However, as most M-REITs are limited
in their ability to increase leverage due to leverage covenants from banks and repurchase lenders, diversifying into lending on higher-yielding commercial properties may be the only option.

“Attractive [repurchasing finance] is not available to everybody,” says Nash. “Banks are very responsible in terms of how they make it available to people. So we are in a good place.”

Plavin says that it could make sense for residential-focused vehicles “to try and diversify into an activity better suited to the current rate environment. But the big question is, how will they execute it?”

One recent example is New York-based Annaly Capital Management, one of the largest residential mortgage REITs, which had focused on agency residential mortgage investing for over two decades – buying RMBS issued by Fannie Mae and Freddie Mac. In May the group hired a GE Capital Real Estate team to expand its commercial real estate originations business.

The team consisted of Jeffrey Thompson, GE Capital RE’s managing director, strategic capital group, plus Patrick Maroney and Daniel J. Jagoe.

KBRA says Annaly may increase its investment in commercial real estate mortgages and CMBS from 4% of its assets to anywhere up to 25%.


New York-based Two Harbors Investment Corp, one of the largest M-REITs in the US, has also moved into commercial real estate, lending in partnership with Pine River Capital Management, after previously focusing on residential mortgage business.

Two Harbors last year hired Prudential Real Estate Investors’ senior executives Jack Taylor, Stephen Alpart and Steven Plust to start a commercial real estate division, funded with $500m in capital. The wave of CMBS maturities in the next two years and a need for diversification had prompted the decision, the firm said last year.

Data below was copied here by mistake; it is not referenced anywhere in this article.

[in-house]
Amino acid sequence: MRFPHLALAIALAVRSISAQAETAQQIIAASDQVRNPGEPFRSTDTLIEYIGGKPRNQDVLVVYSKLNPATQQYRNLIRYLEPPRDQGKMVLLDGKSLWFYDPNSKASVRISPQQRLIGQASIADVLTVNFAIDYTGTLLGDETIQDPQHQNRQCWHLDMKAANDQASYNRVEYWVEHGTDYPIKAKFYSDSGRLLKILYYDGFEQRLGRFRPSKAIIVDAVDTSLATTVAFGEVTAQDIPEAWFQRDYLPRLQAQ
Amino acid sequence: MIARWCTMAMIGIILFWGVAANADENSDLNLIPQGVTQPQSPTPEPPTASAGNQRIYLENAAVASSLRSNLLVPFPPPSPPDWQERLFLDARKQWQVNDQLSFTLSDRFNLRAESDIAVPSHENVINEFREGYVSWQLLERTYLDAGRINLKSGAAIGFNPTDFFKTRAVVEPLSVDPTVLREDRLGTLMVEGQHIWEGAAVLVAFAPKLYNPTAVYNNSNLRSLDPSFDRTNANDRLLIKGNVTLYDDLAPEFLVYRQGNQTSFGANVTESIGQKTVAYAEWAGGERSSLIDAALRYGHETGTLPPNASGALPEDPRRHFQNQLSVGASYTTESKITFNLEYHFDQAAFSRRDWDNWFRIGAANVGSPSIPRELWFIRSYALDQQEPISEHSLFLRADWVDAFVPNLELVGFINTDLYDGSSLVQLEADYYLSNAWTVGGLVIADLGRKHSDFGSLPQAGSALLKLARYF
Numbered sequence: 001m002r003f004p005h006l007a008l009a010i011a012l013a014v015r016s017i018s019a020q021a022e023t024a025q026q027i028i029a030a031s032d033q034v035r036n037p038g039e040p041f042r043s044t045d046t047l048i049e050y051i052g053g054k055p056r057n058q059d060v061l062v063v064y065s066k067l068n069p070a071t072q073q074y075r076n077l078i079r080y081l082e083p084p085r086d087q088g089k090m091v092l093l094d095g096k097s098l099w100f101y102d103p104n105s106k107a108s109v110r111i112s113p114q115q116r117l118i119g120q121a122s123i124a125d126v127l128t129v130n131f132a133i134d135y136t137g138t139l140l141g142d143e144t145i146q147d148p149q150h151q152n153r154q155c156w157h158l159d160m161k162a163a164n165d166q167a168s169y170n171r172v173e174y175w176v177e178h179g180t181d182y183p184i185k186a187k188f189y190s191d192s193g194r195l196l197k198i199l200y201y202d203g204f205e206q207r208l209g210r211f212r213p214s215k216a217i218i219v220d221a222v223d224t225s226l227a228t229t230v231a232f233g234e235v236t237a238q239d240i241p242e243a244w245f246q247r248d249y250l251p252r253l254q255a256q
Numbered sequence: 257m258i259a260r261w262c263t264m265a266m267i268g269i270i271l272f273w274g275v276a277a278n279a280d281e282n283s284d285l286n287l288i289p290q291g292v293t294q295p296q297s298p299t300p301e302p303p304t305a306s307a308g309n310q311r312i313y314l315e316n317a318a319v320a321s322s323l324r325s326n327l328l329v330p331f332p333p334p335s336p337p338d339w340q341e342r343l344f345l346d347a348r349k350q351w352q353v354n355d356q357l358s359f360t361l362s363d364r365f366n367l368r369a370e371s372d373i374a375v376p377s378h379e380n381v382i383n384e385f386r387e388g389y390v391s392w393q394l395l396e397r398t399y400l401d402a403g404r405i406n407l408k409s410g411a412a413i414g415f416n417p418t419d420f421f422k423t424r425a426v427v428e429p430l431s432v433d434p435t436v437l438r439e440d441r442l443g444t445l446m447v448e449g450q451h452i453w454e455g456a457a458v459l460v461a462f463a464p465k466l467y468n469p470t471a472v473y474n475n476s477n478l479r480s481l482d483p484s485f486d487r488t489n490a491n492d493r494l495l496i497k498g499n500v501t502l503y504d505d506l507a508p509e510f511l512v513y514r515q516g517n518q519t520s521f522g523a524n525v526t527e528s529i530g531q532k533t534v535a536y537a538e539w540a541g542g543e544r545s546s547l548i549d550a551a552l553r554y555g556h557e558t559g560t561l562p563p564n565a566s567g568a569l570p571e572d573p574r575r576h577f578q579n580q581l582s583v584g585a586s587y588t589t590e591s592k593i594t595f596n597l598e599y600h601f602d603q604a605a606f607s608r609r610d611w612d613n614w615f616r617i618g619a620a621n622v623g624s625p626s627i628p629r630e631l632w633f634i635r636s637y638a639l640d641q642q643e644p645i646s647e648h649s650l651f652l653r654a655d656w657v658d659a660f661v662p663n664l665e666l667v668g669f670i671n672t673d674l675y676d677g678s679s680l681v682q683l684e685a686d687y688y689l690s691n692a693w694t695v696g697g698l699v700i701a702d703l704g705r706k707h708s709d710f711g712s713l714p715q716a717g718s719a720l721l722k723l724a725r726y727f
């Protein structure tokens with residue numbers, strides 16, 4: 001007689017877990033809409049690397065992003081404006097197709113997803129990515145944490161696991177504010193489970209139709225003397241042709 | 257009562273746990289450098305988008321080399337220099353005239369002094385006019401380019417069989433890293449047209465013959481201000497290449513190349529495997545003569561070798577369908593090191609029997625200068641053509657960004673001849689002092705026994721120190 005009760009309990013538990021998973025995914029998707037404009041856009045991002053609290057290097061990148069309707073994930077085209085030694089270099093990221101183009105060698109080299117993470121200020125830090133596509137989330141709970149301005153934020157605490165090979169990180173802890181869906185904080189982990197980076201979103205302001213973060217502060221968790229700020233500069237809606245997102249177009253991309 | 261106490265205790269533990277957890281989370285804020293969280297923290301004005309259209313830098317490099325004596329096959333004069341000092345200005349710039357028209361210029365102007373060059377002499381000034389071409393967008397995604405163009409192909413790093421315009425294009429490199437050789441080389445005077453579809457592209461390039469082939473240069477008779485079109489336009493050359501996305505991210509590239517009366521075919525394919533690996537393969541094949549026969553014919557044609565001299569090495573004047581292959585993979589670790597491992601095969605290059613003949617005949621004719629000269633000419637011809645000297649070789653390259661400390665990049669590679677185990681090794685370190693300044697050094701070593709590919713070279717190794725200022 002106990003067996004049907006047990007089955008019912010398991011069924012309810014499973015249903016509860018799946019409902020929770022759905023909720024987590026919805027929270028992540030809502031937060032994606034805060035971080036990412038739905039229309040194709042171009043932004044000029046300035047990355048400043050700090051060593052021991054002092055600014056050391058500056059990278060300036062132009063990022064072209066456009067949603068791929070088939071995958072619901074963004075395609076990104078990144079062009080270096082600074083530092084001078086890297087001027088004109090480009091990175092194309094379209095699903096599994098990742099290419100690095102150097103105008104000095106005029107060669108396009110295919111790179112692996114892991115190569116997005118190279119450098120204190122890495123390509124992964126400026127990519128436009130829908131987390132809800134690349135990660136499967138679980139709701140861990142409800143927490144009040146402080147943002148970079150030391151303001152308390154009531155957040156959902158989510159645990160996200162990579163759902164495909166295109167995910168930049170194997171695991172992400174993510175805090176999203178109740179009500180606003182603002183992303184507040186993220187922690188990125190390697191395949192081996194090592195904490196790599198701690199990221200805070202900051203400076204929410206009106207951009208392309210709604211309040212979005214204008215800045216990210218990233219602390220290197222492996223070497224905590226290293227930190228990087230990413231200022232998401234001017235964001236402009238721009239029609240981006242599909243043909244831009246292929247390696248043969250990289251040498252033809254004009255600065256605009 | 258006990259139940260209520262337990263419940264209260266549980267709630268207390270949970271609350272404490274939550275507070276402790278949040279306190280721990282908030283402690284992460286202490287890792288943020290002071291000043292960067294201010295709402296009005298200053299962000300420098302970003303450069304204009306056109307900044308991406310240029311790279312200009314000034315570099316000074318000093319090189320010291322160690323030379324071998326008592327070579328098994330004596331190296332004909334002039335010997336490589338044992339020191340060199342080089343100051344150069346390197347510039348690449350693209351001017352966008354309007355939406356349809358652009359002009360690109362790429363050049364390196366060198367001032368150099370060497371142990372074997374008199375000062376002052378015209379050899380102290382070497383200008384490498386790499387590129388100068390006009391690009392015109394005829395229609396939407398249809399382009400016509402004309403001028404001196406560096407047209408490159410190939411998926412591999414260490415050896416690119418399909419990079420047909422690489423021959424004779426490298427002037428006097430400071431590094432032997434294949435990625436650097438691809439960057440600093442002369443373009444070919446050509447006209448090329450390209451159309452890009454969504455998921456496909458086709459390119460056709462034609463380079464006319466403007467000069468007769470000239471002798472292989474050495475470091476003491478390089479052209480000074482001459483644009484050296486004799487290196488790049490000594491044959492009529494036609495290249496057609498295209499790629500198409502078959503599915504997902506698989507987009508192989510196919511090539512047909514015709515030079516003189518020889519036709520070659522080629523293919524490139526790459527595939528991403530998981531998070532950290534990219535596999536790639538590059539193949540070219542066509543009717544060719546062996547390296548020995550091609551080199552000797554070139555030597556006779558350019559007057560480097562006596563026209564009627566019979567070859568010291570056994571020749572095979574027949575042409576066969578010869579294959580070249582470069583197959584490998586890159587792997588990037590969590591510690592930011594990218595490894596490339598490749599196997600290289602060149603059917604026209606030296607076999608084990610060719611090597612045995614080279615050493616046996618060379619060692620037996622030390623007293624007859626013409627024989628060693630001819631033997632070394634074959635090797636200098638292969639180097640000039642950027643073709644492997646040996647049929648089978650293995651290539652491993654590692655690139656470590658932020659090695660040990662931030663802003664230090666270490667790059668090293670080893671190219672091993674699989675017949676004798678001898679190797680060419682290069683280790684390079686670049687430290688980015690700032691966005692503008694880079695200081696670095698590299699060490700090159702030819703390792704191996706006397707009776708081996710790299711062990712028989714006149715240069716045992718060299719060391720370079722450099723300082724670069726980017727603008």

Meanwhile, PennyMac Financial Services launched PennyMac Commercial Real Estate Finance last December, focusing on multi-
family housing and non-residential loans securitised by PennyMac Mortgage Investment Trust. Steve Skolnik, former CEO and co-founder of ReadyCap Commercial, was recruited to head the division, while Kevin Portnoy joined from Capital Crossing.

Industry experts are sceptical about M-REITs’ ability to get into a lending business as complex as commercial real estate – unless they can hire teams like this with specialised skills relating to product pricing, valuing transitional properties and making origination calls.

Some M-REITs have very small teams and may lack the talents or skills to manage the risks that come with commercial real estate mortgages, says KBRA associate director Boris Alishayev.

“CRE is a different animal. About 20-30 people work on every $100m loan we originate,” says a senior executive from one of the largest mortgage REITs. n


Mortgage real estate investment trusts are mostly publicly traded companies (although some are privately held) that invest in mortgages and mortgage-backed securities by originating or buying mortgage portfolios.

They generally specialise in residential or commercial lending, the commercial mortgage REIT sector being relatively small and nascent.

M-REITs make money from the spreads between the interest charged on long-term mortgages and short-term funding costs. Since M-REITs give away most of their gross income (90%) as dividends to shareholders, they rely on capital raised through a variety of funding sources, including common and preferred equity, repurchase agreements, structured financing, convertible and long-term debt, and other credit facilities.

Yield hunters have loved the asset class for its high-yield dividends, which, in the past two years, have far outperformed those of other stocks. The FTSE NAREIT Mortgage REIT Index returned 11.5% in dividend yields, exceeding the S&P 500’s 2% dividend yield.

There are 224 US REITs, equity and mortgage, with a total market capitalisation of $890bn, while the 13 key commercial mortgage REITs have a total market capitalisation of $23bn.